Taking emitters to court: Covering the rise of climate litigation
Climate litigation is drawing attention because it is achieving impact. To take one example close to home, the German constitutional court last year ruled that the government set insufficient provisions for emissions cuts beyond 2030. Within weeks of the verdict, the government tightened climate protection targets, committing the country to become greenhouse gas neutral by 2045, five years earlier than previously planned.
Major wins for activists in the highest courts of Europe have become precedents for subsequent decisions elsewhere in the world. The Dutch Urgenda case, forcing the Netherlands to step up climate action, has inspired close to 40 cases globally that have used a similar legal basis. The Dutch court’s decision has already been cited in numerous subsequent judgements.
Litigants are working on innovative ways to fight for climate action in court. In the realm of human rights-based litigation, litigants are no longer just focussing on rights to life and to private and family life; they are using research into the psychological impacts of climate change anxiety to argue that government inaction amounts to systematic inhuman and degrading treatment of its citizens. When it comes to the corporate sector, litigants are pursuing companies on greenwashing, spreading misinformation, and inadequate disclosure of risk, while activist shareholders are bringing cases against company executives.
Since 2015, the year of the Paris Agreement, there have been over 1000 cases brought in over 39 countries. Only a fraction of these (around 60 cases) have been brought in global South jurisdictions, but there is ample scope for using litigation to push for greater ambition in adaptation and mitigation efforts. Cases such as Luciano Lliuya, a Peruvian mountain guide v. German utility RWE have also shown the potential for people experiencing the most acute effects of climate change to bring cases against the biggest emitters based in the Global North.
A key advantage for plaintiffs is the advancement of attribution science. Thanks to Richard Heede’s Carbon Majors Study, we now have evidence that two-thirds of anthropogenic carbon emissions originated in just 90 companies and government-run industries. This expanding body of knowledge about the human causes of climate change is enabling litigants to offer up concrete evidence for the liability of specific parties.
This is an exciting time for climate litigation and the journalists covering this story, which is why the Clean Energy Wire will hold three workshops on the topic. The first event will give those new to the topic an overview of the field. It will cover important issues such as advances in attribution science and the legal frameworks relevant to climate litigation. It will offer tips on how to effectively cover cases.
Subsequent sessions will look in more depth at a selection of live cases against governments and corporations and explore developing trends for journalists to follow.
Series on climate litigation
This event is part of a series. Sign up for the other events via the event pages:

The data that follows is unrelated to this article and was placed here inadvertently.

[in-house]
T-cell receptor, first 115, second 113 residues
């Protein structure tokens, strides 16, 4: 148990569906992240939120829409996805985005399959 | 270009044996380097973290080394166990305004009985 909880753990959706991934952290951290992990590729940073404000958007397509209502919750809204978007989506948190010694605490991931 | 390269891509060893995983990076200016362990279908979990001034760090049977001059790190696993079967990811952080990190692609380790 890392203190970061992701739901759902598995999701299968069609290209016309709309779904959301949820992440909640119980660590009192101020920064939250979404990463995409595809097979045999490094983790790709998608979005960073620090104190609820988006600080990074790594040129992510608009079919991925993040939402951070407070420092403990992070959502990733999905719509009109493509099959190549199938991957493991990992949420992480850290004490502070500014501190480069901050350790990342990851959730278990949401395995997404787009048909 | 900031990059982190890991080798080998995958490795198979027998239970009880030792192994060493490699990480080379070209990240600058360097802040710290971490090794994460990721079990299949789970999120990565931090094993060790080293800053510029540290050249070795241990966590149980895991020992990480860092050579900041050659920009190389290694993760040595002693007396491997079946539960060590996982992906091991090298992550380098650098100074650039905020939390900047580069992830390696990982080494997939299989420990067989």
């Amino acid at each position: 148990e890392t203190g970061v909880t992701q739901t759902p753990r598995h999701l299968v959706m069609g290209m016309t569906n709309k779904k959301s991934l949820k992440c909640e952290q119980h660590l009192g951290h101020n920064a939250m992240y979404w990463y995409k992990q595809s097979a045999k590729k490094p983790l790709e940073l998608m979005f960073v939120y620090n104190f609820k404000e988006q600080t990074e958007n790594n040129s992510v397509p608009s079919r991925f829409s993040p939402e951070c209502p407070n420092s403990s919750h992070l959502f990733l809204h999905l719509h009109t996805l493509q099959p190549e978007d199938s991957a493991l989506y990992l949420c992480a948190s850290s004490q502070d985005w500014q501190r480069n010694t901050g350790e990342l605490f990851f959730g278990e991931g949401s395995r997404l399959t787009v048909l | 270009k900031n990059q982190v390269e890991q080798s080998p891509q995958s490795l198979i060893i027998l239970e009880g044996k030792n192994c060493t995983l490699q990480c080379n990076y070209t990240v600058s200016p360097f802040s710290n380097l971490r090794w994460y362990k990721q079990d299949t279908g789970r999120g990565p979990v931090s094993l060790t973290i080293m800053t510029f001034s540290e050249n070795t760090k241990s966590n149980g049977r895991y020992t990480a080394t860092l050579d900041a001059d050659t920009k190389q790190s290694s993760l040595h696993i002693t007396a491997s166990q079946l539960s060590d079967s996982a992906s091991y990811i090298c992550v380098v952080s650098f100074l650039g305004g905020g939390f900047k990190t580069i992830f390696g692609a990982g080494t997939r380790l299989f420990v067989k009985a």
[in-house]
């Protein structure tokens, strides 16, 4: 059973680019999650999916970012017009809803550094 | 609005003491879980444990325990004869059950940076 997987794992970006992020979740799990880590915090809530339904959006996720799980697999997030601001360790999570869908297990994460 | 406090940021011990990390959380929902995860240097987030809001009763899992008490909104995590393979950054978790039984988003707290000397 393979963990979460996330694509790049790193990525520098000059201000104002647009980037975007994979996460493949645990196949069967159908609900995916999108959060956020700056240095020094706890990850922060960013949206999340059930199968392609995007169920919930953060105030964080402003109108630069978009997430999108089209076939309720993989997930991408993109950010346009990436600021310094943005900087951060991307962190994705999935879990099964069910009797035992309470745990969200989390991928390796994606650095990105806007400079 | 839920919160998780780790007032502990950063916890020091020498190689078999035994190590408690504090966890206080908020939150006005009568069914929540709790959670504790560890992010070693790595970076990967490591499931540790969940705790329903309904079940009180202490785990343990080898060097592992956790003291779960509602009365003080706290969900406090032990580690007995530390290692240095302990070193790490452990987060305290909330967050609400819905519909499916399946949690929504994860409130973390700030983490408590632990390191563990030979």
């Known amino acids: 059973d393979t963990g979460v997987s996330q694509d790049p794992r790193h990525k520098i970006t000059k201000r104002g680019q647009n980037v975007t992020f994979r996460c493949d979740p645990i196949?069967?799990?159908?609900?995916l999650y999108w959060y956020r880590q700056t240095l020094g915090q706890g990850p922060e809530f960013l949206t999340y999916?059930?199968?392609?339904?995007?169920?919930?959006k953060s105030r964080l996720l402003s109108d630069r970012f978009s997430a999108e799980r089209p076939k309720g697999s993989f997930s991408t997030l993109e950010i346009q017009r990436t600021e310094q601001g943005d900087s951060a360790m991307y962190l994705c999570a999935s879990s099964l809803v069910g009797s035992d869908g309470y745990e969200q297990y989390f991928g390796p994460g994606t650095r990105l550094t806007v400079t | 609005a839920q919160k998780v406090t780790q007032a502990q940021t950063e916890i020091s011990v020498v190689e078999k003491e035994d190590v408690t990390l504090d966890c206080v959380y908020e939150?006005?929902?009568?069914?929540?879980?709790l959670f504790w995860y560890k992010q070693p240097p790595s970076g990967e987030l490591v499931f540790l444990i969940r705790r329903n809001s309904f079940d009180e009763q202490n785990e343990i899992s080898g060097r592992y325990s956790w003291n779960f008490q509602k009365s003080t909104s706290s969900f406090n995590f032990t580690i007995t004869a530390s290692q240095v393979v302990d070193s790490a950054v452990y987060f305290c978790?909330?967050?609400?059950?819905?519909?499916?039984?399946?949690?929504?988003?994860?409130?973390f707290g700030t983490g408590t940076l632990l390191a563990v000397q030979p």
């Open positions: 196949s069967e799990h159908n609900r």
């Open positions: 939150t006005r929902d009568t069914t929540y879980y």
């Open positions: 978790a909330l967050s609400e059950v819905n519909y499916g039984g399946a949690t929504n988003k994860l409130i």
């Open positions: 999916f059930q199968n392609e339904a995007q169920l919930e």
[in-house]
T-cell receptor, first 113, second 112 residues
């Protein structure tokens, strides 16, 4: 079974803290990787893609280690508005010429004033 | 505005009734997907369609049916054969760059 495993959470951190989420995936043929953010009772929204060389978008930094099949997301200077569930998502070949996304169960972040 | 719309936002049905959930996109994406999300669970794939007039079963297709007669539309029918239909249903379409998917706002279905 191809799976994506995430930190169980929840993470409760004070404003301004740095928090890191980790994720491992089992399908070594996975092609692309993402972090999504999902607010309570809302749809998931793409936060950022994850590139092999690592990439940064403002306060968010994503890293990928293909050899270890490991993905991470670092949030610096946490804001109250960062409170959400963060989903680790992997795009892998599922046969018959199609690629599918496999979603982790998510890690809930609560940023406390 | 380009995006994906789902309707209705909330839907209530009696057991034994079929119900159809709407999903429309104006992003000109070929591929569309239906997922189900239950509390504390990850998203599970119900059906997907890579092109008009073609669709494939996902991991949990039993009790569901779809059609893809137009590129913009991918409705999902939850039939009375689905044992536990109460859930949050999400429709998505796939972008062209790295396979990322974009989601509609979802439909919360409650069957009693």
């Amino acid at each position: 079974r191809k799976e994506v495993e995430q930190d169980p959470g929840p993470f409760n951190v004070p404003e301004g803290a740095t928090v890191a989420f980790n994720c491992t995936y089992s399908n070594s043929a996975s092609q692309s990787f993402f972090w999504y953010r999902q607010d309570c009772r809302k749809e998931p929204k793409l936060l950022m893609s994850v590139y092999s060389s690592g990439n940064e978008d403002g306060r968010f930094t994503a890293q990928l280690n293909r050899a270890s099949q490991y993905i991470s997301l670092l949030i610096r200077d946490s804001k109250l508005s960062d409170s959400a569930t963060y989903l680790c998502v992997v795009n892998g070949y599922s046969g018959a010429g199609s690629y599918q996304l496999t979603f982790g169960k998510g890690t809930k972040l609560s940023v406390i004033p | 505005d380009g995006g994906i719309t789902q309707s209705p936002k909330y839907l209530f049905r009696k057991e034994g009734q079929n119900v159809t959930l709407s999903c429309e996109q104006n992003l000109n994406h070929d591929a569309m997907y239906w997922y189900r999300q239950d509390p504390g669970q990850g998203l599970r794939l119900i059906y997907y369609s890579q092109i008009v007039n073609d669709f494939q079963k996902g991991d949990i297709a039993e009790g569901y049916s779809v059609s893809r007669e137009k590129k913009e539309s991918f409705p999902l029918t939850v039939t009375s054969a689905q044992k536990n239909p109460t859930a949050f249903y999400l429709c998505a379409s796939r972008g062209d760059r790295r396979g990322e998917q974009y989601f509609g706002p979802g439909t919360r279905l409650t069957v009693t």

|16.00 - 16.05||
Welcome and opening words
By Isabel Sutton, Clean Energy Wire
|16.05 - 16.15||
Introduction to climate litigation and global trends to watch
By Joana Setzer, London School of Economics and Political Science - LSE
|16.15 - 16.25||
Urgenda’s impact, lessons learnt and future avenues for climate litigation in Europe and beyond
By Sarah Mead, Climate Litigation Network
|16.25 - 16.35||
Advances in attribution science and what this means for climate litigation
By Rick Heede, Climate Accountability Institute
|16.35 - 16.45||
The reporter’s perspectives: lessons from covering climate cases as a journalist
By Isabella Kaminski, freelance journalist
|16.45 - 17.25||Discussion and Q&A|
|17.25 - 17.30||Conclusion and outlook|
Joana Setzer is an Assistant Professor at the Grantham Research Institute on Climate Change and the Environment, at the London School of Economics and Political Science - LSE. Joana’s research explores role of courts in climate governance. She has authored over thirty peer-reviewed articles and reports, including GRI’s yearly ‘Global Trends in Climate Litigation’ snapshots.
Sarah Mead is a Senior Legal Associate at the Climate Litigation Network (CLN), which is a project of the Urgenda Foundation. In 2015, the Urgenda Foundation won a landmark climate case against the Dutch Government, which forced the government to increase its climate ambition. CLN provides legal and scientific expertise to support litigation around the world to enforce States’ mitigation obligations. Sarah is a New Zealand-trained lawyer, with an LL.M in international law from Leiden University. She specialises in international environmental law and human rights law – with a focus on States’ obligations in light of the climate crisis. She is co-editor of the forthcoming collection The Environment through the Lens of International Courts and Tribunals (Asser Press) and co-lead of the project of the World Commission on Environmental Law (WCEL) project: Judicial Handbook on Climate Litigation.
Richard (Rick) Heede leads Climate Accountability Institute’s disruptive “Carbon Majors” project that traces carbon dioxide emissions to the largest oil, natural gas, and coal companies that produce and market carbon fuels worldwide. CAI was founded in 2011 to provide the scientific basis for leveraging climate stewardship by the “Carbon Majors.” Rick published his thesis A Geography of Carbon in 1984 and has pursued profitable, effective, and ethical action on climate ever since.
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